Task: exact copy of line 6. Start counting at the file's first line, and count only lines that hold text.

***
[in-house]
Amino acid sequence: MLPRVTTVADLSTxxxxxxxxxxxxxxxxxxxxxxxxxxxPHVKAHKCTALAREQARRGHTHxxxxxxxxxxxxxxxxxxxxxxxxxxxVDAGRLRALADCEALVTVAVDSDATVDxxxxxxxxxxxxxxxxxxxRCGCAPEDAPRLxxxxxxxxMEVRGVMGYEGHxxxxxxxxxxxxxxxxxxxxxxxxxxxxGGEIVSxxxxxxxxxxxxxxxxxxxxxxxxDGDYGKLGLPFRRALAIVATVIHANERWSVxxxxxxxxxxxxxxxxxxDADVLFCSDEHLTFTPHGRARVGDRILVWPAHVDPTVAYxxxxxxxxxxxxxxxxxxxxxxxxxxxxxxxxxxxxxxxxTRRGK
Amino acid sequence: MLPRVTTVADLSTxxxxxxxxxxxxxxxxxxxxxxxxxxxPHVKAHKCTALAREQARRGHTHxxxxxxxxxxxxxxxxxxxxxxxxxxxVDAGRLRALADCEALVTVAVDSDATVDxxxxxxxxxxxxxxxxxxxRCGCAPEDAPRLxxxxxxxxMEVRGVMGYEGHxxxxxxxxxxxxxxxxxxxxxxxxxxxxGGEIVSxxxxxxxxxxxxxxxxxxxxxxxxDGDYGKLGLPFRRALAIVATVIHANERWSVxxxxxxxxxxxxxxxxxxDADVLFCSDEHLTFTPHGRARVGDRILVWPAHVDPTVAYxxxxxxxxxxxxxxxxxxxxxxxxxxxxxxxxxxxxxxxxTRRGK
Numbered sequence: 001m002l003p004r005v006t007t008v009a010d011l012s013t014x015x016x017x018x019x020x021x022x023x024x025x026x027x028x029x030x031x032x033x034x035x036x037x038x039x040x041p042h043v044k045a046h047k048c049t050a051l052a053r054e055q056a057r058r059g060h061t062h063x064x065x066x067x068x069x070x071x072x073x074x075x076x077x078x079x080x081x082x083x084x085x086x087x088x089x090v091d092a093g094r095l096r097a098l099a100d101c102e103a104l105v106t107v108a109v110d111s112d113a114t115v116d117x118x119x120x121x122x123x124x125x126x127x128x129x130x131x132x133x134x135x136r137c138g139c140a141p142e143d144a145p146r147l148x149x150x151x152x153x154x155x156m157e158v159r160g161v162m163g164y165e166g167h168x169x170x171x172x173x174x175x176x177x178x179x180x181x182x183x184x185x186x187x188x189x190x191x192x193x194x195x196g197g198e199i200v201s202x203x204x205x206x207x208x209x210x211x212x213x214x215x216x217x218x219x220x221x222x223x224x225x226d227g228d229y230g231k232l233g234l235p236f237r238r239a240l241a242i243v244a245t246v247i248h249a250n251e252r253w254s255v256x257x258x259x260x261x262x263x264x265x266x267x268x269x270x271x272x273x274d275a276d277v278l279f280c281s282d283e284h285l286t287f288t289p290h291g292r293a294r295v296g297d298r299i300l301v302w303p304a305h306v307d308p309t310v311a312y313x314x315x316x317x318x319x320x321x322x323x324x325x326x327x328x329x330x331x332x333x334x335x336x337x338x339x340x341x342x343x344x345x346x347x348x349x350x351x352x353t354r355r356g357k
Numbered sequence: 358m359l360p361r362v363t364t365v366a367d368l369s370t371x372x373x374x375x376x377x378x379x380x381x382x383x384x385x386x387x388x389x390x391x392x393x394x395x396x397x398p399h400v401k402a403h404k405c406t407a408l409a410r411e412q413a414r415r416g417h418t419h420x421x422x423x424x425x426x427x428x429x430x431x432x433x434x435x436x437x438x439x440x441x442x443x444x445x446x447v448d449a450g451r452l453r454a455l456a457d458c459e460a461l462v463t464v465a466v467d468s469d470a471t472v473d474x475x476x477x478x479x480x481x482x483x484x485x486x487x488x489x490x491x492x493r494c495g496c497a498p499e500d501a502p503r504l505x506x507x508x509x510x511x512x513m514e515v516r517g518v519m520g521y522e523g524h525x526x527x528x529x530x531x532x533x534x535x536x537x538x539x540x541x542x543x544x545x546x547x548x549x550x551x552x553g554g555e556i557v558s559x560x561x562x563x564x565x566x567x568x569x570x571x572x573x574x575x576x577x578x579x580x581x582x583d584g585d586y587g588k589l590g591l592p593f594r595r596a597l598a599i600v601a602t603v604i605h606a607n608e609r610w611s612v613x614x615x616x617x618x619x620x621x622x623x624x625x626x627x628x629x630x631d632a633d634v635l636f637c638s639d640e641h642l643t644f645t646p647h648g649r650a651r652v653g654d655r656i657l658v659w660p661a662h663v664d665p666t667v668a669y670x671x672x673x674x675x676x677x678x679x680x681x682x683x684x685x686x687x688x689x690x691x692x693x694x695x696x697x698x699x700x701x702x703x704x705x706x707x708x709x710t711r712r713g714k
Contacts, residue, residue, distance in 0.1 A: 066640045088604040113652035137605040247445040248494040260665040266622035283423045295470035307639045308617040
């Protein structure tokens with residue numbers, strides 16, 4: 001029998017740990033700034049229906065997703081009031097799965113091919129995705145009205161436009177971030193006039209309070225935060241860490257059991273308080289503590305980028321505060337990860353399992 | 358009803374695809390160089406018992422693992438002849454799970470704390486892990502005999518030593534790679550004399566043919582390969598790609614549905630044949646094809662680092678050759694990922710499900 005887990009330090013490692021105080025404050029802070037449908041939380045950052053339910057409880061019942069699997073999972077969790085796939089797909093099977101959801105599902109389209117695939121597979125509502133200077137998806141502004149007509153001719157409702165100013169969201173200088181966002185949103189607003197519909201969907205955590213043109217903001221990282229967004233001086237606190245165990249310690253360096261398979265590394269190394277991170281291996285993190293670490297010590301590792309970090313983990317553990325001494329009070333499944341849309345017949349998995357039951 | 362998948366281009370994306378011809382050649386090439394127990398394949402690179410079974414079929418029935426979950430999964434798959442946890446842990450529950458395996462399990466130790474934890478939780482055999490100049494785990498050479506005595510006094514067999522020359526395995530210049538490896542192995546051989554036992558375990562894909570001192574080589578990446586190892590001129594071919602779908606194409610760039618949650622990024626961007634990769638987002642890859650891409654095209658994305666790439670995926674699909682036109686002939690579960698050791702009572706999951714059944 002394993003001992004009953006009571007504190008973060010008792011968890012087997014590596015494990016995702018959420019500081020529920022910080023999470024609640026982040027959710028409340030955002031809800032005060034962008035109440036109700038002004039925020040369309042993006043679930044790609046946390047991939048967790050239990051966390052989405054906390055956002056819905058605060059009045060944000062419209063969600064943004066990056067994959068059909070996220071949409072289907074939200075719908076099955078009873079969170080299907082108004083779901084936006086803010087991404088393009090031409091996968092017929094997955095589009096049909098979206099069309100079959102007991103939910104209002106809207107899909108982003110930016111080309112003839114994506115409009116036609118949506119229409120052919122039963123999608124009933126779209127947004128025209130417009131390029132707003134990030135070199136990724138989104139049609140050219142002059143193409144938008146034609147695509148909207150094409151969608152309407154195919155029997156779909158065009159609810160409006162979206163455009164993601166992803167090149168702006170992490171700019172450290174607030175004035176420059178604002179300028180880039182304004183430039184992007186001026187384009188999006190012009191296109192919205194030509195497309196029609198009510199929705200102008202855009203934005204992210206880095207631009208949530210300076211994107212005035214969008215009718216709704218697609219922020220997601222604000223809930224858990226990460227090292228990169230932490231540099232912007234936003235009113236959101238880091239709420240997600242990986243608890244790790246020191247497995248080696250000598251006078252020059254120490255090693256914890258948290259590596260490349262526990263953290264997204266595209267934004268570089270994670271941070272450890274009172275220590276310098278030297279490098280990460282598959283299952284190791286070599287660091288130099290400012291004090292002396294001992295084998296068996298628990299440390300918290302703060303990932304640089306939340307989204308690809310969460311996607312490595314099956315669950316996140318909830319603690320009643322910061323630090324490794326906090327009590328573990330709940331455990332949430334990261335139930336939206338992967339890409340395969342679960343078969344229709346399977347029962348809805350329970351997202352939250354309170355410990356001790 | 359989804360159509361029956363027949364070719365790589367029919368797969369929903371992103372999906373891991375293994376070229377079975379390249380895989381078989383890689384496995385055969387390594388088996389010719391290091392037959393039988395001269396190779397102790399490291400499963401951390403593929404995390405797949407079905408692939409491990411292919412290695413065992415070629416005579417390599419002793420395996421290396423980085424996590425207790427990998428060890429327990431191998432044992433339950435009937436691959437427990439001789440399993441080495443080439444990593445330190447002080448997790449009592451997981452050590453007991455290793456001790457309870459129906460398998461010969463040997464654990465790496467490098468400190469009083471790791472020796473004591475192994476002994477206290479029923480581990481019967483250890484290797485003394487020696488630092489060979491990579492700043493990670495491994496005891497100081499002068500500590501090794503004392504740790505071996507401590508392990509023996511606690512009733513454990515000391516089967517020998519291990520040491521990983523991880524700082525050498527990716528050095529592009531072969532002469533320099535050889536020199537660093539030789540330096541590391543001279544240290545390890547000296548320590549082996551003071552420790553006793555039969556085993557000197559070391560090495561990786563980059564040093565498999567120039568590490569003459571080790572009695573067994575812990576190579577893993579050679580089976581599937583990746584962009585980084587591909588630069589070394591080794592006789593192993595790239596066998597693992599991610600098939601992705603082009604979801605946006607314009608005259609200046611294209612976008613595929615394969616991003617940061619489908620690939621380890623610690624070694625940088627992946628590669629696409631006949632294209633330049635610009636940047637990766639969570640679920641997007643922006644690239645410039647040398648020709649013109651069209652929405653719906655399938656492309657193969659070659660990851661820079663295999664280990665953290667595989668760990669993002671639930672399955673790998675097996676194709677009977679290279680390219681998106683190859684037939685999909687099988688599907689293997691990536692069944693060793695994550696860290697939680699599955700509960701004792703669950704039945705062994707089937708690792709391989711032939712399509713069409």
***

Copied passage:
Contacts, residue, residue, distance in 0.1 A: 066640045088604040113652035137605040247445040248494040260665040266622035283423045295470035307639045308617040